If I had a column in the Delft op Zondag

(Not the real)
Delft op Zondag


15 OCT 2017

DELFT - What I find curious about a listing of megacities is that Europe has few, and some will argue that most of coastal Holland is a city. Delft is in the region often called the Randstad, which means, roughly, the beach city. About 7 million, half the population, live along the strand, in a city not far from another city. From Delft to Amsterdam is under an hour by car, to Rotterdam about 15 minutes, traffic permitting.

The real Delft op Zondag featured a new housing zone in progress in the space between Delft and Rijswijk, its neighbor to the north. Americans would pronounce it: rice why-k, where wijk means district. Boulevards are being laid out to feed residents to the freeway or to the big Bogaard shopping mall. The article featured photos of smiling adults holding happy, laughing children.

Bright Lights, Big City


I read recently that back in 1975, there were only 3 cities with at least 10 million people. There are 31 now, but the significance is that Paris, Moscow and Los Angeles are no longer high on the list. Most are in the 'developing' world. About 15% of the global population live in these megacities. For the US, over 80% live in urban areas which take up almost 1/4 of all the land in America.

When I lived in Houston, there were large sections that I knew very little about. The same thing happened when I lived in the Bay Area or in New York city. Maybe people (like me?) have only so much range to their ability to experience geographic space. Once that limit is reached, the mind does not register more.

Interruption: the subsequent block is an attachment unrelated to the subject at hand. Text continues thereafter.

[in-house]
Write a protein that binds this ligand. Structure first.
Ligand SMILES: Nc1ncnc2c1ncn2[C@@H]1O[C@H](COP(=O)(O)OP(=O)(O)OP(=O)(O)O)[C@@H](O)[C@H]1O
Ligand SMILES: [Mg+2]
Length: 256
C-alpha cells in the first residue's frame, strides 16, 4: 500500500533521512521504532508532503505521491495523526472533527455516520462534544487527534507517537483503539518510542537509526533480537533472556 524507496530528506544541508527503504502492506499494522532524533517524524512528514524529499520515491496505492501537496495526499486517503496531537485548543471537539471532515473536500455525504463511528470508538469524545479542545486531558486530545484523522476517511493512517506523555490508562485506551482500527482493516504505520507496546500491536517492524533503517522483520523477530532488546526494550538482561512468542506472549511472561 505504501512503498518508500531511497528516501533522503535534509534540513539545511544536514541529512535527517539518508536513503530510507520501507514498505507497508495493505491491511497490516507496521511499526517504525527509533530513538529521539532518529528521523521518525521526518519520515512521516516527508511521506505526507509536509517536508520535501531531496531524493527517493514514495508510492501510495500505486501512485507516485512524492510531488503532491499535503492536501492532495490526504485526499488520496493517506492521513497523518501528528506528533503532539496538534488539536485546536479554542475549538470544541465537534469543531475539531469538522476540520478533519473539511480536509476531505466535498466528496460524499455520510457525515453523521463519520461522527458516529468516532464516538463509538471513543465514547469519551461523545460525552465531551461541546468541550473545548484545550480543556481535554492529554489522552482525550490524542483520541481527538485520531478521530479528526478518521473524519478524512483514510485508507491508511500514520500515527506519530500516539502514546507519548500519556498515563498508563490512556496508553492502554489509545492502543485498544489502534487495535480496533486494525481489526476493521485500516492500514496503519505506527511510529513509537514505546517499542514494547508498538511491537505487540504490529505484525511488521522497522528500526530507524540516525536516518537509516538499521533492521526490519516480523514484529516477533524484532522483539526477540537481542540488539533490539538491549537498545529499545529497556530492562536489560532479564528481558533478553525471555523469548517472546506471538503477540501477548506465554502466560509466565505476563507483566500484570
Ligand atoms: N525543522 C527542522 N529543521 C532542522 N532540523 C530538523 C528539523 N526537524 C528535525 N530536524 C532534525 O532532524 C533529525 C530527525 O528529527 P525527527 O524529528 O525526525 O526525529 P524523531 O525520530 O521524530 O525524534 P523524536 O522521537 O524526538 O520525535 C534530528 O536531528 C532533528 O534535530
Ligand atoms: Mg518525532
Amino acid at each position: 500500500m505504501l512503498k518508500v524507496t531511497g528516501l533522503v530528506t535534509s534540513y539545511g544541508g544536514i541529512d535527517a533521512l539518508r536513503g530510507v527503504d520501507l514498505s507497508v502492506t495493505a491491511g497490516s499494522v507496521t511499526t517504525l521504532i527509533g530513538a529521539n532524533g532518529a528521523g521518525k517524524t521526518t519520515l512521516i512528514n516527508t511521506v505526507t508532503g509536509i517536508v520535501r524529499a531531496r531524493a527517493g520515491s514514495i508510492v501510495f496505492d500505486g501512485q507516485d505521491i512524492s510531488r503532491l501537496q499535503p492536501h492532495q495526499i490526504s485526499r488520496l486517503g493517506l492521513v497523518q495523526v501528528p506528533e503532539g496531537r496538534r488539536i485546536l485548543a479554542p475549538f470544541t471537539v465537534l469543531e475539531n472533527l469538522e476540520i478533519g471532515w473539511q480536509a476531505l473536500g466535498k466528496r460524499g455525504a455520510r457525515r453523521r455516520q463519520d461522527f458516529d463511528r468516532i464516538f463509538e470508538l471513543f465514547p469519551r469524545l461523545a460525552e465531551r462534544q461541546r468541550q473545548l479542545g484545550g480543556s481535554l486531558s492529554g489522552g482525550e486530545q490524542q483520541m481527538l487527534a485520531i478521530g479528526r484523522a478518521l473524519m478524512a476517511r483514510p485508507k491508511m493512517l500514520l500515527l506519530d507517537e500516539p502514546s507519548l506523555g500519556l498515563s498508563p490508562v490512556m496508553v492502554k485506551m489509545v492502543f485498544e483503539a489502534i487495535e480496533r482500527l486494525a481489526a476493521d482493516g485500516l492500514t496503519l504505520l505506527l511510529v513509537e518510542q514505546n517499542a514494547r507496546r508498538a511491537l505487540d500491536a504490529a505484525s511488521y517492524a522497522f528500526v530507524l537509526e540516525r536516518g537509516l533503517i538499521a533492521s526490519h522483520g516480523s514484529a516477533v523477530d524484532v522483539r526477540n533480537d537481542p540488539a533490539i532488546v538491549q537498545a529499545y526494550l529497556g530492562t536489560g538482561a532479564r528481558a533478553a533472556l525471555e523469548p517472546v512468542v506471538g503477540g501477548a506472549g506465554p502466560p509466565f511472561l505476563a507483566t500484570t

The Internet of Things is going to be needed for our growing, crowded urban spaces. Only self-driving cars can handle the freeways that will weave around and through complex, sprawling megacities. Providing that many people with food, water, clothing and shelter requires a vast supply chain. The utilities that are necessary to every person, such as waste removal and electricity, will grow beyond what we struggle with today. This is not coming, it is here.

The new 'wijk' is meant to help with the national shortage of housing and will be a mix of separate, family homes, row houses and high rises. It will no longer be a green zone between cities, but there is a set-aside for a park.

It offers themed styles, imaginative playgrounds and pleasant landscaping. It will also have plenty of parking spaces. Here, Delft wants you to put your auto in a garage built for that, outside historic parts of the town.

Young people with young children and older people tired of a small, always-needing-something house will be happy to live in this modern neighborhood. Affordable, safe and convenient, with people like them close by.

The land consisting of Amsterdam on the north, Utrecht inland, Den Haag (the Hague) along the coast and Rotterdam to the south is not paved over for business and bedrooms. Parts of it are managed woods.

We have outgrown rural town and village life. I, for one, hope we go to the moon. It is near and minerals to exploit lie about almost everywhere. It is really the first place we can send ourselves. Earth is filling up.

G. Wiley / NLStrabo - © Copyright - All rights reserved - gwileynl@gmail.com
In memory of Herb Caen